Pricing strategy is one of the most important aspects of online selling; something every eCommerce seller should adopt.
Getting your prices right will help you secure the sales that you need but also make sure that you meet your margins. But choosing the right strategy can be difficult and requires quite a bit of research, guesswork and experimenting.
This is why we are giving you a short overview of most popular strategies and their focus in this blog post.
1. Market-oriented pricing
Market-oriented pricing is considered to be one of the best strategies for smaller sellers who are only starting their ecommerce adventures.
This approach requires quite a lot of research into your competitors and the overall pricing trends in your selling category.
Once you have an idea of what kind of prices your competitors are selling products for, you can adjust your pricing accordingly to make sure to match or beat them.
This is generally considered to be a safe strategy however sellers should be cautious when selling through bigger marketplaces. Sometimes it might be difficult to match prices offered by bigger retailers, especially when the prices tend to fluctuate (Amazon is the best example here). So if you feel that lowering price to match lowest Amazon price is going to seriously damage your profit, you might be better off selling somewhere else but charging a slightly higher price. You might make less sales but you will not be making loss on every sale.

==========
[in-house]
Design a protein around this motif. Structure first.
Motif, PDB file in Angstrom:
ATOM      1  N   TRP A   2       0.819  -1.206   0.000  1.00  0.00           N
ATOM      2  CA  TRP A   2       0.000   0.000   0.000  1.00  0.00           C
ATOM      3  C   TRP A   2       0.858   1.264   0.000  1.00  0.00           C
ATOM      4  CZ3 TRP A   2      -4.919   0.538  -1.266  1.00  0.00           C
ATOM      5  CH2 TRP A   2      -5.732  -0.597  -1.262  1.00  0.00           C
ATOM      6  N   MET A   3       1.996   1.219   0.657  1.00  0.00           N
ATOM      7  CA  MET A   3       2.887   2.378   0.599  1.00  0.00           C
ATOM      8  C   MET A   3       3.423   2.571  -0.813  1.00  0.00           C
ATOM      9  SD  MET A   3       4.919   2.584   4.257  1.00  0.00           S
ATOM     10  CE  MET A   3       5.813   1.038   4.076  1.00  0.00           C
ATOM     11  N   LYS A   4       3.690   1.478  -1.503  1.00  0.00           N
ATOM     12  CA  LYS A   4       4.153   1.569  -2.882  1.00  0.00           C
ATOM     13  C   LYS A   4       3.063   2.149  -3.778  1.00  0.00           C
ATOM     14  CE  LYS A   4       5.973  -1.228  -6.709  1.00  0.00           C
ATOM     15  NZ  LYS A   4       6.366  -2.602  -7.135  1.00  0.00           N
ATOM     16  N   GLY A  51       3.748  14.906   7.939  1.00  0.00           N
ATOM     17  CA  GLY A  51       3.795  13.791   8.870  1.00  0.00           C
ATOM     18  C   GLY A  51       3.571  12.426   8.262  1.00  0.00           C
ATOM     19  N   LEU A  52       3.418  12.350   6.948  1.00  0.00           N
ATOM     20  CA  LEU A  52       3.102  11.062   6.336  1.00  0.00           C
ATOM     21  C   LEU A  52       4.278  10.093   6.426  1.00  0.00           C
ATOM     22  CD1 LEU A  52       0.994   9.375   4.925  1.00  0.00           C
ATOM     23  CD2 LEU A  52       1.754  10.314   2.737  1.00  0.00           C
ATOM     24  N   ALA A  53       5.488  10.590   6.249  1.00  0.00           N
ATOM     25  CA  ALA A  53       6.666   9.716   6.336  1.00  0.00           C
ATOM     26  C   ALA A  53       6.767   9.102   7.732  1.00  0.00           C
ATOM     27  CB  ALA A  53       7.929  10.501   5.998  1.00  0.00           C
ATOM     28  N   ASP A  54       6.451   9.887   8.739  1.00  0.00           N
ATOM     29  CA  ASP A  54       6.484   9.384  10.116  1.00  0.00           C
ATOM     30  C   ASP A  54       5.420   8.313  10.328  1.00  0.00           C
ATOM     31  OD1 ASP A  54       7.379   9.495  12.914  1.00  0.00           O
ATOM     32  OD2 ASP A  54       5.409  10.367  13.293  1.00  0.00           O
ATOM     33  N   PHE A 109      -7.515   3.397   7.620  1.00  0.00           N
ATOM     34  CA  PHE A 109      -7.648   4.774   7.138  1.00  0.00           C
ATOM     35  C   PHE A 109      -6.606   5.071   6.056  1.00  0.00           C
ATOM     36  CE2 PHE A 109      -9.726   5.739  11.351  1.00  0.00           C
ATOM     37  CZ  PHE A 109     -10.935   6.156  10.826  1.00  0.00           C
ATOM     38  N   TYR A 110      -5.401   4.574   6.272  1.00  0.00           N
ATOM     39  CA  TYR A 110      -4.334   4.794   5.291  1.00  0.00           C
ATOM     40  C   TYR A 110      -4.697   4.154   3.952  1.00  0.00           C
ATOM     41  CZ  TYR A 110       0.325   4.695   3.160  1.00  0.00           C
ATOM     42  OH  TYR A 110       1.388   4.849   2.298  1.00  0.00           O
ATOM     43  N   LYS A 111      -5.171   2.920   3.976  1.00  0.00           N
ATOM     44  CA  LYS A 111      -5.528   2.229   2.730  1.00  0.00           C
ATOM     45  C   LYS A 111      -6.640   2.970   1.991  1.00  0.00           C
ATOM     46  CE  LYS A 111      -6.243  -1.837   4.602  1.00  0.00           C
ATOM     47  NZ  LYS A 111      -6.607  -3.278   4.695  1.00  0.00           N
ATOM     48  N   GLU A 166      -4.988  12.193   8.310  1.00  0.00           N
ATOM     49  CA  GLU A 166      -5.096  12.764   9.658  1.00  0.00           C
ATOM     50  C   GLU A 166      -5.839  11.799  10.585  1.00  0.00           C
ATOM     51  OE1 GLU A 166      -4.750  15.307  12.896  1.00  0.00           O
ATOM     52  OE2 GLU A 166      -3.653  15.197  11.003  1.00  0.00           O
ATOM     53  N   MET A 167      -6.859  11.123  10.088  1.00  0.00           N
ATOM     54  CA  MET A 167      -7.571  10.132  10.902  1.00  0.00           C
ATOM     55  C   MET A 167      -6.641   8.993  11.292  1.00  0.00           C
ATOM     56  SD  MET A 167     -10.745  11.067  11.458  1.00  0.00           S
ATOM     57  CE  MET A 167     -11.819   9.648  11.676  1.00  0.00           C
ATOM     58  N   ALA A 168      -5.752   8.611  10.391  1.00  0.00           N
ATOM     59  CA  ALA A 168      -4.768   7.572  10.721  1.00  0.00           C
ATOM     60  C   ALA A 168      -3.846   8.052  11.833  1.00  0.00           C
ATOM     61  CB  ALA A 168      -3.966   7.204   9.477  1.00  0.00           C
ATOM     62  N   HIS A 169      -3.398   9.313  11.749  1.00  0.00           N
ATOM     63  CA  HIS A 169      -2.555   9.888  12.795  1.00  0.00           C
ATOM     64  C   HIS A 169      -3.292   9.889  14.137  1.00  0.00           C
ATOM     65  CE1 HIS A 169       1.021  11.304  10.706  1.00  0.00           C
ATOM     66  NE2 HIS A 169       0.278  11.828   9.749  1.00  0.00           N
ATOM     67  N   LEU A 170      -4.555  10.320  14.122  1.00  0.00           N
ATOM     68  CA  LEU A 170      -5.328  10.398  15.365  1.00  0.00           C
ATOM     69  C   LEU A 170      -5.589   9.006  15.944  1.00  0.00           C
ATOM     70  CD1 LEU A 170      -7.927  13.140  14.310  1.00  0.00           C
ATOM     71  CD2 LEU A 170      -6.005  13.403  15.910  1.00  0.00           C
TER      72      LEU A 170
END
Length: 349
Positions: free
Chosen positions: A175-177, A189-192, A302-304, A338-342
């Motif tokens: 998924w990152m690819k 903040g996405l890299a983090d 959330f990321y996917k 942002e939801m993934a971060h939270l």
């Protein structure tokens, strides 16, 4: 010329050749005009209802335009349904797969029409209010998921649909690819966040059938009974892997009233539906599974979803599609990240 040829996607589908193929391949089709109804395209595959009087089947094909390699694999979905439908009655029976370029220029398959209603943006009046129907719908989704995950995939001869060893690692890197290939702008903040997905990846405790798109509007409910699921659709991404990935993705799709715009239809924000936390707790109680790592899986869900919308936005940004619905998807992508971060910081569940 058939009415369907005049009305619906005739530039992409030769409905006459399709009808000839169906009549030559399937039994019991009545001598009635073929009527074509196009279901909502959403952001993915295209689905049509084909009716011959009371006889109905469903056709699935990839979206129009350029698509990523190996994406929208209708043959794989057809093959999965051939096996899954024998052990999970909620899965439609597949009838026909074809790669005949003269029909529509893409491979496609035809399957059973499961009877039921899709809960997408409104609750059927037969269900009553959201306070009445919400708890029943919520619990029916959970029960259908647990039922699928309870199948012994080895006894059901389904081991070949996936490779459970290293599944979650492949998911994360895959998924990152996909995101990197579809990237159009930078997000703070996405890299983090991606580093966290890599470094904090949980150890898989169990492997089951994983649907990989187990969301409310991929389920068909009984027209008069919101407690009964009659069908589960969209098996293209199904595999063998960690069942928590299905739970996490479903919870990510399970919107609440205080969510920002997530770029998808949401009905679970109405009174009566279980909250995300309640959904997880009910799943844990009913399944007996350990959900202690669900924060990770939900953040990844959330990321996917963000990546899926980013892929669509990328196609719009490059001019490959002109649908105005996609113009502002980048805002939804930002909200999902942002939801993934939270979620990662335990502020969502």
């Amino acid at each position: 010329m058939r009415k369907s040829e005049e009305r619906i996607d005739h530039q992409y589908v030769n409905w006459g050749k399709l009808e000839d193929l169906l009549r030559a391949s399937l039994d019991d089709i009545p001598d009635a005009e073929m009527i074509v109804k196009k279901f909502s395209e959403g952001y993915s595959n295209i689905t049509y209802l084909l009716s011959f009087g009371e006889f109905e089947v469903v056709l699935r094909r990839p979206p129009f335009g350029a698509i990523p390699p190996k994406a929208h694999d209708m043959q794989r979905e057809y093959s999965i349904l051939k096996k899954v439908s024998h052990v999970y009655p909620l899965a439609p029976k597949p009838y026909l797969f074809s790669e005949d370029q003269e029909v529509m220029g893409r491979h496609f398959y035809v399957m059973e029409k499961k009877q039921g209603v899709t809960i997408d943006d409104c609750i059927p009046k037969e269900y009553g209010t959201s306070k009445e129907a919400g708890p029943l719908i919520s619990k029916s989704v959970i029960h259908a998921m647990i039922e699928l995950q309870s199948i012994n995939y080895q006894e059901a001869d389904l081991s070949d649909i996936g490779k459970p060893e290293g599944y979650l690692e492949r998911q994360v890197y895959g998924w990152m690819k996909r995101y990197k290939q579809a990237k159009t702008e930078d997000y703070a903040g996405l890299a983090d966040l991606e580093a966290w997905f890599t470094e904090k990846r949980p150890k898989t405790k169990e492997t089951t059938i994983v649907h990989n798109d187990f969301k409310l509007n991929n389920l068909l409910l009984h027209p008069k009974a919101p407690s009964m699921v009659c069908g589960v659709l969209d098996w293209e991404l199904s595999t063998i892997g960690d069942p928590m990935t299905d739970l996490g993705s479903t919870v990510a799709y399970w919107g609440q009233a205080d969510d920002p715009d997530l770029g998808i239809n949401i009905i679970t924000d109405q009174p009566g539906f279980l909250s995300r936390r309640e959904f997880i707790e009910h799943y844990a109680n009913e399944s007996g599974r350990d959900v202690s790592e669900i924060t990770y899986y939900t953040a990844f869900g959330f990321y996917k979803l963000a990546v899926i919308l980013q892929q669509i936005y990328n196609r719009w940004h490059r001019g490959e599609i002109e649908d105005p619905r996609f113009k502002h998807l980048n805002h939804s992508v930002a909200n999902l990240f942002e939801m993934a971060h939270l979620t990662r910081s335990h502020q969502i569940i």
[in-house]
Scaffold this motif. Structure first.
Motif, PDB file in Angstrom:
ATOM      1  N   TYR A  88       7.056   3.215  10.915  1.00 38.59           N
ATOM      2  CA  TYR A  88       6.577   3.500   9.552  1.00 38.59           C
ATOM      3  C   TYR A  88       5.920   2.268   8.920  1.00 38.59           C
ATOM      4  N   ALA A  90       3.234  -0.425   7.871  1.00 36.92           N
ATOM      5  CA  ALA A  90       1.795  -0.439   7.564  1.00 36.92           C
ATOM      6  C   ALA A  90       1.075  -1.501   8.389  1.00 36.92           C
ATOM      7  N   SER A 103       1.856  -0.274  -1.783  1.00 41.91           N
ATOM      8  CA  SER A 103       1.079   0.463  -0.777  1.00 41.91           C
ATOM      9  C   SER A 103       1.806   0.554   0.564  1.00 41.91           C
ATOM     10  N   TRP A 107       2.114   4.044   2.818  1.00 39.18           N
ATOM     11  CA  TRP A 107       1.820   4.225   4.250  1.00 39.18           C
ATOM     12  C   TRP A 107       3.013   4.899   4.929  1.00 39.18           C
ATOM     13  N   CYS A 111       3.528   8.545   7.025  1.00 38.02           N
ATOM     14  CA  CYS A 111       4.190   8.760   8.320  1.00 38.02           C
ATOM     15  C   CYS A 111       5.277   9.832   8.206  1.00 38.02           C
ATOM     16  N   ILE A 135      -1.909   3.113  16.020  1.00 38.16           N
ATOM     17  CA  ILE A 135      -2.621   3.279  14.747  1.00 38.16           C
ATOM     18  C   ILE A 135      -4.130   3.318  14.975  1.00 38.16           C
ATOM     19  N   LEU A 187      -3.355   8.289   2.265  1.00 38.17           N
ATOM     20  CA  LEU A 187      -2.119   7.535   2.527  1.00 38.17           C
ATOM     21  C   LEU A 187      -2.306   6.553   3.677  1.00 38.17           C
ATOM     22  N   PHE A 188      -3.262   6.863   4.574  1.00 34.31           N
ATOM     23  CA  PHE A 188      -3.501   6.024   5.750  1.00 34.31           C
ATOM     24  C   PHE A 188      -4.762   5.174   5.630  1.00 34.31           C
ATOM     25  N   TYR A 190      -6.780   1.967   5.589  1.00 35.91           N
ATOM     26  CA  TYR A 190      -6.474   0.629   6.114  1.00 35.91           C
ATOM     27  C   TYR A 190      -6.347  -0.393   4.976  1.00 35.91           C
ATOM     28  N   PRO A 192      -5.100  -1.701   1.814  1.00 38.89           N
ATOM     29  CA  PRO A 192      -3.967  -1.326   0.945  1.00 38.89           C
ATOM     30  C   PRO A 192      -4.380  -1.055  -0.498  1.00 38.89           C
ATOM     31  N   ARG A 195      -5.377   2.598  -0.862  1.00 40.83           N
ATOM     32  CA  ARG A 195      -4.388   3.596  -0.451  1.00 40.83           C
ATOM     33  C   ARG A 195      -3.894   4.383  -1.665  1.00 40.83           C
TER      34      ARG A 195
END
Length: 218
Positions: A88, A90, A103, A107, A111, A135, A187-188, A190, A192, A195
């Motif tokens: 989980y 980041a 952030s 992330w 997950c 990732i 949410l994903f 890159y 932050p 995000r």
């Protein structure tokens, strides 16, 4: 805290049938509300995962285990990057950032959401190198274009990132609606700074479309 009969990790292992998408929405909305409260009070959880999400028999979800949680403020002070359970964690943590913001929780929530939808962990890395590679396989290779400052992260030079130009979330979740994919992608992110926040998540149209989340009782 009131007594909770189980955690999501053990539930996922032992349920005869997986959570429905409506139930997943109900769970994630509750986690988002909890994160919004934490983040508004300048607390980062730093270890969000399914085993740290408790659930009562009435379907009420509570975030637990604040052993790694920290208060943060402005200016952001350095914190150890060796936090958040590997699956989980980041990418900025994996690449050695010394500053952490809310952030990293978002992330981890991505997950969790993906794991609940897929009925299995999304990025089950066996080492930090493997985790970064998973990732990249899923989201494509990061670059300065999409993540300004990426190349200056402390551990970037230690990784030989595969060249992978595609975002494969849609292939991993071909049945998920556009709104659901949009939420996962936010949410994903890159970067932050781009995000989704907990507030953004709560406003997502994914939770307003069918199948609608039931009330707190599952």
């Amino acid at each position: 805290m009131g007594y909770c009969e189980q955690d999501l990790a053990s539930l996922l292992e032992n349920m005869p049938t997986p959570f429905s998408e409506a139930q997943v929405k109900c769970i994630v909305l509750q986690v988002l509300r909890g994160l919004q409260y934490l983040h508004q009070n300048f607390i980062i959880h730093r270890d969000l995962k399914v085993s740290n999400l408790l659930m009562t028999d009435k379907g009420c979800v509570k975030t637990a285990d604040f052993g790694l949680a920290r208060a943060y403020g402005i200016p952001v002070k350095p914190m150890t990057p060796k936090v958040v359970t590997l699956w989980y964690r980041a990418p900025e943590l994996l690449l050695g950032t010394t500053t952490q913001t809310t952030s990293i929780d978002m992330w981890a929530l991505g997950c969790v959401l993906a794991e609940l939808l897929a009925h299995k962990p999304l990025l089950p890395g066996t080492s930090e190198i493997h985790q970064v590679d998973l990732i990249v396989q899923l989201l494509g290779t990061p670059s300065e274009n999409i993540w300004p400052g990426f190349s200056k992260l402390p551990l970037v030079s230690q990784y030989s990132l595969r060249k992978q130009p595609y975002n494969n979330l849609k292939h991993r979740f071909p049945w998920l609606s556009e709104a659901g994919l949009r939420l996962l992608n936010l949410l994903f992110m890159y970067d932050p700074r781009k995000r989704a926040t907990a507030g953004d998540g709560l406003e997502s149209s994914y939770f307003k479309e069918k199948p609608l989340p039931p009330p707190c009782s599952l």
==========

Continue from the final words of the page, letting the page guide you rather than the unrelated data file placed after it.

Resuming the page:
2. Penetration pricing
Penetration pricing is a strategy companies often use to enter new markets. The initial prices are set to be lower in order to beat any possible competitor and get the attention of shoppers.
This is just an initial strategy that is supposed to drive awareness to the new player on the market. It is risky as the retailers are often making loss on the initial sales. But in longer-term penetration strategy is helping unknown retailers claim share of the market.
It’s usually adopted by bigger retailers who can afford to suffer some initial loss on the products they’re selling. It can be damaging to smaller sellers who might initially gain a bigger market share but will not be able to deal with the money they have lost in the initial phase.
3. Customer-oriented pricing
Customer-oriented pricing is a bit more complex and requires a more in-depth knowledge of the shoppers you are wanting to attract.
Once you have an idea of what segment of the market you want to attract, you have divide your offering into smaller section and adjust each section according to the expectations shoppers in each group have. It often involves carefully constructed offers which will appeal most to your target market.
This strategy works best for medium online sellers that are expanding their inventory who also run their own online store. It requires careful segmentation and market research which can be quite costly. But it is worth it. Personal shopping offers can be up to 6 times more effective than generic sales and offers.
If you’d like to try customer-oriented approach, it might be worth considering selling through marketplaces who provide tailored offers for their shoppers.
Flubit is a good example, being a demand-driven marketplaces creating unique personal offers for their shoppers. If you’d like to learn more, you can access more information here.
Which strategy is best for you?
Choosing the best pricing strategy should always be based on extensive research and calculations. Analytics are very important to monitor if the chosen strategy is working for you. If not and your sales are low or your margins are affected, it might be the best idea to examine the cause and try a different approach.
Flubit is a unique marketplace that allows online shoppers to demand better offers on products they actually want to buy. With easy set up and no fees Flubit gives online retailers a chance to win incremental sales they would otherwise miss out on.